Twisted rope is the traditional stranded rope construction. It's still being put to many uses even today; they are attractive in price and quality. Their other advantages include high elasticity, well-grooved surfaces with a good grip, good abrasion resistance, and great ease of splicing. However, one of their disadvantages is that these ropes offer relatively little in terms of breaking force.


Single braids consist of an even number of strands braided according to a circular pattern, half of them clockwise, the other half counterclockwise.

8 strand – The simplest braiding construction, this construction is easy to grasp. This type of rope offers some higher breaking force than twisted rope.

12 strand – This construction gives a rounder and smoother form than 8 strand. This is the ideal construction for rope cores and high strength braids. In most cases, these ropes consist of high-strength fibers, so that they are very light and very easy to splice.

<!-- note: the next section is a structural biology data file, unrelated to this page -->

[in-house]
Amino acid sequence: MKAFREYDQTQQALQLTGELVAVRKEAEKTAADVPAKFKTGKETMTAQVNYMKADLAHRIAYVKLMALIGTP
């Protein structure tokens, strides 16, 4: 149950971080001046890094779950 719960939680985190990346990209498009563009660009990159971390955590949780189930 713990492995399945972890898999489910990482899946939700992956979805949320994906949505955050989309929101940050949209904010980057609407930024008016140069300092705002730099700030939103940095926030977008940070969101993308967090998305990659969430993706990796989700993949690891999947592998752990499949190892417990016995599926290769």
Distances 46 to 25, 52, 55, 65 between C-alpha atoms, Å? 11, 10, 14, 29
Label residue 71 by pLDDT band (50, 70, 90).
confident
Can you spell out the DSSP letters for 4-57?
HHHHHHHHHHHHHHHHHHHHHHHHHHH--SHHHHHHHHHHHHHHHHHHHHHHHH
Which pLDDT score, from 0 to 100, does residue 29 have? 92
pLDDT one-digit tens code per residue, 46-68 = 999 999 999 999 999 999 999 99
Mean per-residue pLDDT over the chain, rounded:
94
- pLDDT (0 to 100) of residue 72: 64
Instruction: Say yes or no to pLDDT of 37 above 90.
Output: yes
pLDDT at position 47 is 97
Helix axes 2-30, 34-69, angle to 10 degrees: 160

Cover constructions are ropes that have an inner hollow braid as their core. An outer hollow braid is braided around that core and forms the cover. This type of rope is generally very flexible, strong, comfortable to handle, and easy to splice.

8 plait – This construction has a knobbly cover, normally quite a thick cover so little core.

16 plait – Produces a smoother cover with more space for core, suits smaller core dependent ropes.

24 plait – This construction gives a good balance between a thick durable cover whilst retaining space for core. Can be used in both core dependent and balanced rope designs. Splice ability is excellent.

32 plait – Can be made with a thinner cover than 24 plait allowing bigger/stronger core.  Harder to splice in this form though.  Thin cover doesn't always work well in deck hardware.

48 plait – This type of ropes has more thinner cover and allowing stronger core.  Mainly used in in climbing ropes and chafe covers.